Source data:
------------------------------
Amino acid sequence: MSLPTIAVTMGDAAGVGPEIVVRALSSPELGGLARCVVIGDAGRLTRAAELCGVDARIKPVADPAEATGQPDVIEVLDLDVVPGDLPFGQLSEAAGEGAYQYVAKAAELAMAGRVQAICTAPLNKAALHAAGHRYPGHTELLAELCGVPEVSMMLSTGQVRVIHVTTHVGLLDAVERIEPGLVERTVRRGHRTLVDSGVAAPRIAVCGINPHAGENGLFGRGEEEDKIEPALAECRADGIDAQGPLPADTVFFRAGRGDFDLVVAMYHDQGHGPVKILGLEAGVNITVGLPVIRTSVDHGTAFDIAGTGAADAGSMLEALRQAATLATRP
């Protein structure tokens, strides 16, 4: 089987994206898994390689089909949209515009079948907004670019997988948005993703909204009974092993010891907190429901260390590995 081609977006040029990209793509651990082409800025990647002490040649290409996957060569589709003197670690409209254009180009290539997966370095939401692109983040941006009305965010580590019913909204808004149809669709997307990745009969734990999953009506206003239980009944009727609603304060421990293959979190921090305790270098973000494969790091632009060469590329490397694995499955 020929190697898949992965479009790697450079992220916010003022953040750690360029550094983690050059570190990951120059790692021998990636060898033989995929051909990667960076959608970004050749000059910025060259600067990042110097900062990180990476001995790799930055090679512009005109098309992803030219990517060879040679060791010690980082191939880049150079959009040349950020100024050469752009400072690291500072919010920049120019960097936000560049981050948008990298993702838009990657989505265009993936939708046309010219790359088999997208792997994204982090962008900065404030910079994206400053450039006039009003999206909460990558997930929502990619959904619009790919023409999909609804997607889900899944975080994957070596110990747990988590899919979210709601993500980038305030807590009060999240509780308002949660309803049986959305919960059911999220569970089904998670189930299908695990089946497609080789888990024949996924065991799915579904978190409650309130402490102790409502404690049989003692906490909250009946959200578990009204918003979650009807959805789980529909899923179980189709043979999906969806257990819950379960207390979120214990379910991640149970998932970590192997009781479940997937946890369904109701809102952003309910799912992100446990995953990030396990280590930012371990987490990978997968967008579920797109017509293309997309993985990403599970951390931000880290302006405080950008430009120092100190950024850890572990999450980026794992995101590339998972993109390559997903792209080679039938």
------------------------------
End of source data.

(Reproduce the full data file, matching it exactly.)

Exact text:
Amino acid sequence: MSLPTIAVTMGDAAGVGPEIVVRALSSPELGGLARCVVIGDAGRLTRAAELCGVDARIKPVADPAEATGQPDVIEVLDLDVVPGDLPFGQLSEAAGEGAYQYVAKAAELAMAGRVQAICTAPLNKAALHAAGHRYPGHTELLAELCGVPEVSMMLSTGQVRVIHVTTHVGLLDAVERIEPGLVERTVRRGHRTLVDSGVAAPRIAVCGINPHAGENGLFGRGEEEDKIEPALAECRADGIDAQGPLPADTVFFRAGRGDFDLVVAMYHDQGHGPVKILGLEAGVNITVGLPVIRTSVDHGTAFDIAGTGAADAGSMLEALRQAATLATRP
């Protein structure tokens, strides 16, 4: 089987994206898994390689089909949209515009079948907004670019997988948005993703909204009974092993010891907190429901260390590995 081609977006040029990209793509651990082409800025990647002490040649290409996957060569589709003197670690409209254009180009290539997966370095939401692109983040941006009305965010580590019913909204808004149809669709997307990745009969734990999953009506206003239980009944009727609603304060421990293959979190921090305790270098973000494969790091632009060469590329490397694995499955 020929190697898949992965479009790697450079992220916010003022953040750690360029550094983690050059570190990951120059790692021998990636060898033989995929051909990667960076959608970004050749000059910025060259600067990042110097900062990180990476001995790799930055090679512009005109098309992803030219990517060879040679060791010690980082191939880049150079959009040349950020100024050469752009400072690291500072919010920049120019960097936000560049981050948008990298993702838009990657989505265009993936939708046309010219790359088999997208792997994204982090962008900065404030910079994206400053450039006039009003999206909460990558997930929502990619959904619009790919023409999909609804997607889900899944975080994957070596110990747990988590899919979210709601993500980038305030807590009060999240509780308002949660309803049986959305919960059911999220569970089904998670189930299908695990089946497609080789888990024949996924065991799915579904978190409650309130402490102790409502404690049989003692906490909250009946959200578990009204918003979650009807959805789980529909899923179980189709043979999906969806257990819950379960207390979120214990379910991640149970998932970590192997009781479940997937946890369904109701809102952003309910799912992100446990995953990030396990280590930012371990987490990978997968967008579920797109017509293309997309993985990403599970951390931000880290302006405080950008430009120092100190950024850890572990999450980026794992995101590339998972993109390559997903792209080679039938």